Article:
How we cite our quotes:
"George, you'll have to change your life. Like too many others, you've built it around creature comforts." (203)
Does it seem like David McClean is saying that "creature comforts" are the opposite of real satisfaction? We make fun of this story some, but we'll be honest, sometimes we like Facebook best when we've really had to hunt for a Wi-Fi connection. Sometimes we're satisfied by struggling.
"Now we're going to really start living. Instead of being handled and massaged, we're going to live." (235)
Does George want to have no massages? We don't like when one person says that no one should get massages. Our motto has always been "Massages for everyone." But at least Bradbury makes clear to us here that George totally agrees with David (in Quote #7). It's a moment of hope in an otherwise dreadful story.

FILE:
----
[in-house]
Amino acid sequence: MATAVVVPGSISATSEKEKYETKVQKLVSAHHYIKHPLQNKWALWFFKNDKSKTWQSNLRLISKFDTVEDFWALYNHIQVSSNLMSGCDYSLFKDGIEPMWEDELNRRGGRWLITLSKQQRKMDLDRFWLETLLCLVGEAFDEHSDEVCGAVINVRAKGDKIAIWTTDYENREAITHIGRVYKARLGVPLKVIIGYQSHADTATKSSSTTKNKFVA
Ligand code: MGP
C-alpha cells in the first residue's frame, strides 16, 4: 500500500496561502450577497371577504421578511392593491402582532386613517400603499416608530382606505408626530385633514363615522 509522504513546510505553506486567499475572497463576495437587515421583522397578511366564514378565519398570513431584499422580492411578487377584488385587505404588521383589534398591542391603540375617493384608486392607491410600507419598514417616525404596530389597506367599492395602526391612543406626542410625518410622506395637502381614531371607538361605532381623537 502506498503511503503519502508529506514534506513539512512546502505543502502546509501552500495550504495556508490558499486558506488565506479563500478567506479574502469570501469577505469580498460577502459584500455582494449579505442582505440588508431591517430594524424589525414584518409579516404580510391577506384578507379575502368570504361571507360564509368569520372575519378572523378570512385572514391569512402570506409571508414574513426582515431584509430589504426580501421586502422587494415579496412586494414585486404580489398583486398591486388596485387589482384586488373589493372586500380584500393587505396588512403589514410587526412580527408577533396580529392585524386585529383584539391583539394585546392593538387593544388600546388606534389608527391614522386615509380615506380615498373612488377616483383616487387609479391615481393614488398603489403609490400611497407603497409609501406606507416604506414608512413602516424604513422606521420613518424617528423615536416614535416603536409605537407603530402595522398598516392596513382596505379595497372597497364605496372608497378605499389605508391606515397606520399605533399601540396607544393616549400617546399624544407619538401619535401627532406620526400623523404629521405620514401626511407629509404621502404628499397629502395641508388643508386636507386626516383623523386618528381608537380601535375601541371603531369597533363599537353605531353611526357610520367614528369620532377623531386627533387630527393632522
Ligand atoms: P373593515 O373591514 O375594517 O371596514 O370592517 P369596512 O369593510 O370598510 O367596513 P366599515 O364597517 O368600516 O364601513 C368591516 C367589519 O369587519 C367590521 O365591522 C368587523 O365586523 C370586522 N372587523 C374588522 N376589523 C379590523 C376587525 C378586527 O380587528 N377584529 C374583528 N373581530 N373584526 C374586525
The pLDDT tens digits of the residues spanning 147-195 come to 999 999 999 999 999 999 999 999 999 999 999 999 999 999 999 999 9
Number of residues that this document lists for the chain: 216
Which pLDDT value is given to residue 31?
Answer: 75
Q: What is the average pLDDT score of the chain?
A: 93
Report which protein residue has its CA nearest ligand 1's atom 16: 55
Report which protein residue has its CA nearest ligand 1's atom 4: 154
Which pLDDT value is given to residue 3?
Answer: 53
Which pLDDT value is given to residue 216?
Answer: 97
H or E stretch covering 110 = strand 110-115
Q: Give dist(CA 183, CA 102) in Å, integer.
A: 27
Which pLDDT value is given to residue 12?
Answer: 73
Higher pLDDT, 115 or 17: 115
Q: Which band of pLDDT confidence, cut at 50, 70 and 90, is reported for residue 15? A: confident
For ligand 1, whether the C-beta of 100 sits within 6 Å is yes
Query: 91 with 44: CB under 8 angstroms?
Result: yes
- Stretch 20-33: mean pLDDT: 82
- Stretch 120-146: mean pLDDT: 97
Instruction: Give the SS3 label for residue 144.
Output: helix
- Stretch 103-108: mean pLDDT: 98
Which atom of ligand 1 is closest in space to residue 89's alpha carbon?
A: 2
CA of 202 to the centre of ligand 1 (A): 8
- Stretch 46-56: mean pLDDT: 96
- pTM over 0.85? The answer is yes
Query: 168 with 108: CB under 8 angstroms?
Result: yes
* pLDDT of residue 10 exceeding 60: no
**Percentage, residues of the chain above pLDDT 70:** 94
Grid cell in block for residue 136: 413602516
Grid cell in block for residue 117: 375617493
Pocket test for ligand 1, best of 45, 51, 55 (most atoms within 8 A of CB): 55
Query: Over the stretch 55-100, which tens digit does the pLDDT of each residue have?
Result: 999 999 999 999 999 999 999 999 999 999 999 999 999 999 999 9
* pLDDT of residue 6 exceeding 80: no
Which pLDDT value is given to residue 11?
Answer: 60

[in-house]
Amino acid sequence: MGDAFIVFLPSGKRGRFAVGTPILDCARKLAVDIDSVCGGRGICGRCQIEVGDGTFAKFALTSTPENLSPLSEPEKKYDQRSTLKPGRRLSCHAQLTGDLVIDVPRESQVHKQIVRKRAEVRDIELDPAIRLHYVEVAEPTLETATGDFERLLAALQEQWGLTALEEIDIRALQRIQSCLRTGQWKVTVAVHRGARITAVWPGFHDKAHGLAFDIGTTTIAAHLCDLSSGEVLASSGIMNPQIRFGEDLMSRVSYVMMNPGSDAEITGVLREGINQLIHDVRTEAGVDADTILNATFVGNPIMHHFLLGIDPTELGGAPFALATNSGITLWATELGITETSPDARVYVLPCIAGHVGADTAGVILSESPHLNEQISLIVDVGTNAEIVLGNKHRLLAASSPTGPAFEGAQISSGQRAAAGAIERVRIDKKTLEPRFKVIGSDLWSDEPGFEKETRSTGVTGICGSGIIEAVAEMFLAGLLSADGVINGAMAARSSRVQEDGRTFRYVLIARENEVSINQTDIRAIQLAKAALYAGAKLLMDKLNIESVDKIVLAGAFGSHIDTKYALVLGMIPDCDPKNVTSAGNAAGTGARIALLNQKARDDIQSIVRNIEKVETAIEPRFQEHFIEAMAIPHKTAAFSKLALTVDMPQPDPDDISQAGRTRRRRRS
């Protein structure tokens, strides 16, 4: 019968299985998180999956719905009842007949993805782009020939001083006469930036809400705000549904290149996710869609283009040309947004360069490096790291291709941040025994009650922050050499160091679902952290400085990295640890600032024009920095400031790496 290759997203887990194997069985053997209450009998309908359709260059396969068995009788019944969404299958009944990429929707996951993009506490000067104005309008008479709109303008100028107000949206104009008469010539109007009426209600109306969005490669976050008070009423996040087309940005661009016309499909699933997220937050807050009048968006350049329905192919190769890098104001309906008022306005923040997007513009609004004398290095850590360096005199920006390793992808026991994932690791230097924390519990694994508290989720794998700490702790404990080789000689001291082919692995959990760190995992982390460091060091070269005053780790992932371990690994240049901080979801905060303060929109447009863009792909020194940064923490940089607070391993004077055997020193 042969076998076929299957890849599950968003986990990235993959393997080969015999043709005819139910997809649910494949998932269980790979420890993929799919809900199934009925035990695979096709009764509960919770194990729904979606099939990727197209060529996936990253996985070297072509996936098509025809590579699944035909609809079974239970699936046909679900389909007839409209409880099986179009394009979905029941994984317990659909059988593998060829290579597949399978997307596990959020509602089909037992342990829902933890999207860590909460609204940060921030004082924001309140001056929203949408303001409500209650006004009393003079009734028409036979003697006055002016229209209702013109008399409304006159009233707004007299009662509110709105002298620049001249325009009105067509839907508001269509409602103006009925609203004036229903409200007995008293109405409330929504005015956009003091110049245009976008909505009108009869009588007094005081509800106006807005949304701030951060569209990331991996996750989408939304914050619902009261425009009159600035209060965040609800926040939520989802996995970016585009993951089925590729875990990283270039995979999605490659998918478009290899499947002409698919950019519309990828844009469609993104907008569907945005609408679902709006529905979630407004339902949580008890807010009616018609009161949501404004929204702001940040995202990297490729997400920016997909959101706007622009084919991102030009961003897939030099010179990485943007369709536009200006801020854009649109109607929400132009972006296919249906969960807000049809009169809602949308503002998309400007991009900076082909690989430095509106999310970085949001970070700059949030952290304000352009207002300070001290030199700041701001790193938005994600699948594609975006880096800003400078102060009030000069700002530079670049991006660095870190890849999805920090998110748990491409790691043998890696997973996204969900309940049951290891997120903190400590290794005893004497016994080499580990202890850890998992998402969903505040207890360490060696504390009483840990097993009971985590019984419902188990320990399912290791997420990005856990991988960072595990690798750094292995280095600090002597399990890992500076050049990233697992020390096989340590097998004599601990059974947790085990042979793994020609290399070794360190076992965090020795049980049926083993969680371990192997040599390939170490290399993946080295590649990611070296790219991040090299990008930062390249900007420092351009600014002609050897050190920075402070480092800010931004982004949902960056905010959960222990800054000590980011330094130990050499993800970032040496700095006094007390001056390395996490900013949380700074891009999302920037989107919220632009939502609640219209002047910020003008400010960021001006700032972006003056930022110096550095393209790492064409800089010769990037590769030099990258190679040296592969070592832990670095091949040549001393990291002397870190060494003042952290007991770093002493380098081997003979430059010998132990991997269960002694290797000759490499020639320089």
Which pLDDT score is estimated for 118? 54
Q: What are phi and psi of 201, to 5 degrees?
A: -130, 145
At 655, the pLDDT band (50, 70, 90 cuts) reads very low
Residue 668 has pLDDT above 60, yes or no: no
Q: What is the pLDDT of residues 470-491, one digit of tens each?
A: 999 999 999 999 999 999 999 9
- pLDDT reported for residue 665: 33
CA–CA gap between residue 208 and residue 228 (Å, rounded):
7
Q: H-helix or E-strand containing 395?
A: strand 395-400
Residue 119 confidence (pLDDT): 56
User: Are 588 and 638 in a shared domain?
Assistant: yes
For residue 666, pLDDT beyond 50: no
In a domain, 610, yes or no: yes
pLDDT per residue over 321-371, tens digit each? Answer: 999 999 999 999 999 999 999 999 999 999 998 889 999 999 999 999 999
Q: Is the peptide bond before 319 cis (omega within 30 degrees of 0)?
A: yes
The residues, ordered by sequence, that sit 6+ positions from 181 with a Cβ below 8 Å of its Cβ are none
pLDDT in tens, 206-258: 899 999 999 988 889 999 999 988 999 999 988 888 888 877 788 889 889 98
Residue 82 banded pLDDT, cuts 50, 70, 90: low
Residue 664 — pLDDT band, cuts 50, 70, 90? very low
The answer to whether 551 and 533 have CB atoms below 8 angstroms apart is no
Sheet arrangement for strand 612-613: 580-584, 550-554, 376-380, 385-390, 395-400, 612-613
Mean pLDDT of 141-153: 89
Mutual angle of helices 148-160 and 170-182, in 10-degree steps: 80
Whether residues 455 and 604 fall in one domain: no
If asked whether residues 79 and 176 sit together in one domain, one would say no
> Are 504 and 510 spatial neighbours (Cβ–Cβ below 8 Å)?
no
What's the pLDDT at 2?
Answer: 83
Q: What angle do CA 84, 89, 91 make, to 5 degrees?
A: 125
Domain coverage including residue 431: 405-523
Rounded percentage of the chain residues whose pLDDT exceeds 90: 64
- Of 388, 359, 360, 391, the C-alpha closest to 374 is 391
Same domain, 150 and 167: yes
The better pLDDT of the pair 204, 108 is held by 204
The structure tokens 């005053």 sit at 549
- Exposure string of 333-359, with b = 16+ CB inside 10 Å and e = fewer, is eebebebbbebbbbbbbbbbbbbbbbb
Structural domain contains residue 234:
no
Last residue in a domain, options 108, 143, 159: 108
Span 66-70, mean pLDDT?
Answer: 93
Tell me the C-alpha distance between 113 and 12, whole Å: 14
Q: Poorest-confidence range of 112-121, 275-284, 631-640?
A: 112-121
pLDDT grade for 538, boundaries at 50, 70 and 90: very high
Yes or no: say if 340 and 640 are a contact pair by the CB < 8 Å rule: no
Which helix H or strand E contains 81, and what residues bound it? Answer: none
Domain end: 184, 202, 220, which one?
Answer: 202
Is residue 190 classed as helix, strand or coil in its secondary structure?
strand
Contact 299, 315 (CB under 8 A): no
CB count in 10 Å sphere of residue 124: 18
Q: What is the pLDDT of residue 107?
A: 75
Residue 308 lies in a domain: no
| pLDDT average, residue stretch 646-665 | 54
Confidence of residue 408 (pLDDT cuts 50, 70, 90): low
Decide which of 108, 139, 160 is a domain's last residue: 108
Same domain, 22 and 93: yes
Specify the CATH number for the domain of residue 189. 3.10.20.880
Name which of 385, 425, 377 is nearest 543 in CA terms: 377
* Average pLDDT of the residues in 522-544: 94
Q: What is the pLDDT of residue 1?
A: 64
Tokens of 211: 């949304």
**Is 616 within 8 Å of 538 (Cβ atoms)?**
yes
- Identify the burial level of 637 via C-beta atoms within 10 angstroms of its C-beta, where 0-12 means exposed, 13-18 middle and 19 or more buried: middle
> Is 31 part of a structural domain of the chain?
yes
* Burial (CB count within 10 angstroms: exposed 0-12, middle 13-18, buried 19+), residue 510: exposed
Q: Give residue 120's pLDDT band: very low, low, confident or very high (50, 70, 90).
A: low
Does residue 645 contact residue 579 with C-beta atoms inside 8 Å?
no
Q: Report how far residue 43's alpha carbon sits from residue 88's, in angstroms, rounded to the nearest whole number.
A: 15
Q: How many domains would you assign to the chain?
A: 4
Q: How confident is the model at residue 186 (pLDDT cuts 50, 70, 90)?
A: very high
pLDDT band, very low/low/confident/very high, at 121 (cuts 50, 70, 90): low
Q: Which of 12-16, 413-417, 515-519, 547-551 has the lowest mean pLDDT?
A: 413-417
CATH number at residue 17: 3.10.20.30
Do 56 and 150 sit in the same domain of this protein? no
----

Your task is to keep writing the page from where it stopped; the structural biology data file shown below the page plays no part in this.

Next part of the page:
"What prompted us to buy a nightmare?"
"Pride, money, foolishness." (245-6)
After World War II, Americans had more money to buy things, so consumerism became bigger and more public. So, if your neighbor bought a new car, you might want to buy a new car just to keep up with the Joneses. That's part of why "pride" is a reason here. In other words, this is classic 1950s dissatisfaction. They buy things because they think they're supposed to, but of course those things don't do much when it comes to making these folks happy. (Things are totally different today, right? That's why we all wear sensible, off-brand clothes and no one judges anyone else by what they have.)